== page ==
Status of federal contract for airport weather observers up in the air

Hank Hayes • Apr 16, 2013 at 6:07 AM

BLOUNTVILLE — The human touch in aviation weather is up in the air at Tri-Cities Regional Airport.

Contract weather observers serve TCRA as they do at airports around the country.

They glean information from sophisticated automated weather stations and eyeball sky conditions, although they are not necessarily meteorologists.

The federal contract for airport weather observers expired on Sept. 30, 2012, but the Federal Aviation Administration extended the contract to May 31.

Following an inquiry, FAA didn’t say what’s going to happen to the contract after the end of May.

“The Federal Aviation Administration will ensure that weather information is available for pilots using Tri-Cities Regional Airport,” FAA spokeswoman Kathleen Bergen wrote in an email.

Bergen pointed out the contract expiration occurred at the end of the last fiscal year and before the March 1 federal sequester — automatic discretionary spending cuts approved by Congress in 2011.

Bergen didn’t have the number of contract weather observers working at TCRA.

While up-to-date weather information is always a safety concern, TCRA’s main general aviation operator didn’t think pilots or passengers would be affected if weather observers weren’t at the airport.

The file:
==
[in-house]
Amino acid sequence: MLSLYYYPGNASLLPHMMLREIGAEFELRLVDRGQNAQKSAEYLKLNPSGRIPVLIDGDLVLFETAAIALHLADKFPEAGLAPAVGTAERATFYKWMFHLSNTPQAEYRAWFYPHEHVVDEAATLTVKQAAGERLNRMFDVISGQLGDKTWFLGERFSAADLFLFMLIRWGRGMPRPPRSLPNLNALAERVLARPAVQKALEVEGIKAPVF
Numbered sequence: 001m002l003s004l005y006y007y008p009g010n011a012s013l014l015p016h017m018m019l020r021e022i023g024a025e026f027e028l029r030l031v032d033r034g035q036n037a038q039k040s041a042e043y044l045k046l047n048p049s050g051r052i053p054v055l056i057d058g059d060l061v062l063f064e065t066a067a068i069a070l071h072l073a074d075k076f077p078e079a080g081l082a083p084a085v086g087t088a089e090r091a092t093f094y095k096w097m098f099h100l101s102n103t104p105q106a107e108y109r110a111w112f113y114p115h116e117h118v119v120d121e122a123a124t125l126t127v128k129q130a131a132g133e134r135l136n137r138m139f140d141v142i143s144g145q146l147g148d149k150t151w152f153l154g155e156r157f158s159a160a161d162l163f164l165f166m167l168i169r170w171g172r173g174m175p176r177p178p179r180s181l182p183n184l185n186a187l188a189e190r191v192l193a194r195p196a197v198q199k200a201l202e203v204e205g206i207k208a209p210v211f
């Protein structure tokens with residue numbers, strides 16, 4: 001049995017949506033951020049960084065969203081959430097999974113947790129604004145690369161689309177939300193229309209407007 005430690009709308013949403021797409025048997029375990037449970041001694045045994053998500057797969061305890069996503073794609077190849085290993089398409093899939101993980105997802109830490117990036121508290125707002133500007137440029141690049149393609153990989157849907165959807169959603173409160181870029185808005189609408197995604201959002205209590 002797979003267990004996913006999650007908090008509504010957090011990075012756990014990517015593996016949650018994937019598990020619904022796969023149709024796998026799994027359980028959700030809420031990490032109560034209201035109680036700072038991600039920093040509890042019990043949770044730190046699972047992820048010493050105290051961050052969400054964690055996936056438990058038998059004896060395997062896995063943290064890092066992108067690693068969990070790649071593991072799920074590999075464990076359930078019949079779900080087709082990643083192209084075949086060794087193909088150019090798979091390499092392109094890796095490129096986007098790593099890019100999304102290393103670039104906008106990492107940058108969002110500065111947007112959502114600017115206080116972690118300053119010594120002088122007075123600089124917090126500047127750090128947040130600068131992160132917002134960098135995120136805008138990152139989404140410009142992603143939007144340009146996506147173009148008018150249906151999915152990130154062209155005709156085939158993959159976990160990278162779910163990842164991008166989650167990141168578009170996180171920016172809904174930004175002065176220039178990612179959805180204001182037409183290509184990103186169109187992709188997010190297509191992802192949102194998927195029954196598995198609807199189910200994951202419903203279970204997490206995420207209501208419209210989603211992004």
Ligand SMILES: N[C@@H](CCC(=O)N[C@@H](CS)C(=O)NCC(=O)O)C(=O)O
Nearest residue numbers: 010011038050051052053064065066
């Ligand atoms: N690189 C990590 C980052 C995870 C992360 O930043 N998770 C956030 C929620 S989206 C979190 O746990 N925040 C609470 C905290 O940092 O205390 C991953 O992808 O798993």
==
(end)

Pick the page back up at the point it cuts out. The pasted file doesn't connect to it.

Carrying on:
“I feel like the pilots would be able to get their information from the National Weather Service. ... I feel like most of the pilots also get (weather) information off other websites,” said Pam Phillips, owner and general manager at Tri-City Aviation. “Years ago, pilots would borrow our courtesy car and drive to the (FAA) tower and check the weather. ... Since technology has come so far, we haven’t had anyone go over there in years.”

Still, FAA is under continuing scrutiny amid federal spending cuts. On Tuesday, the U.S. Senate Committee on Commerce, Science, and Transportation held a hearing titled “Aviation Safety: FAA’s Progress on Key Safety Initiatives” to examine sequestration’s effects on FAA.

The Aircraft Owners and Pilots Association (AOPA), which lobbies Congress on behalf of the general aviation community, also has kept a close eye on tower issues at smaller airports, where everything from single-engine airplanes to business jets take off.

AOPA President and CEO Craig L. Fuller warns any decision to close control towers and scale back aviation services constitutes a risk to aviation safety.

“The White House budget office has forced troubling, and possibly dangerous, cuts on the FAA,” Fuller said in an AOPA release last month. “It doesn’t have to be that way. Rational savings can be found, and we are ready to work with the FAA and the Department of Transportation to build workable solutions. But closing more than 200 air traffic control towers, derailing certification, and allowing our navigational aid system to deteriorate just doesn’t make sense.”

For more about FAA go to www.faa.gov.

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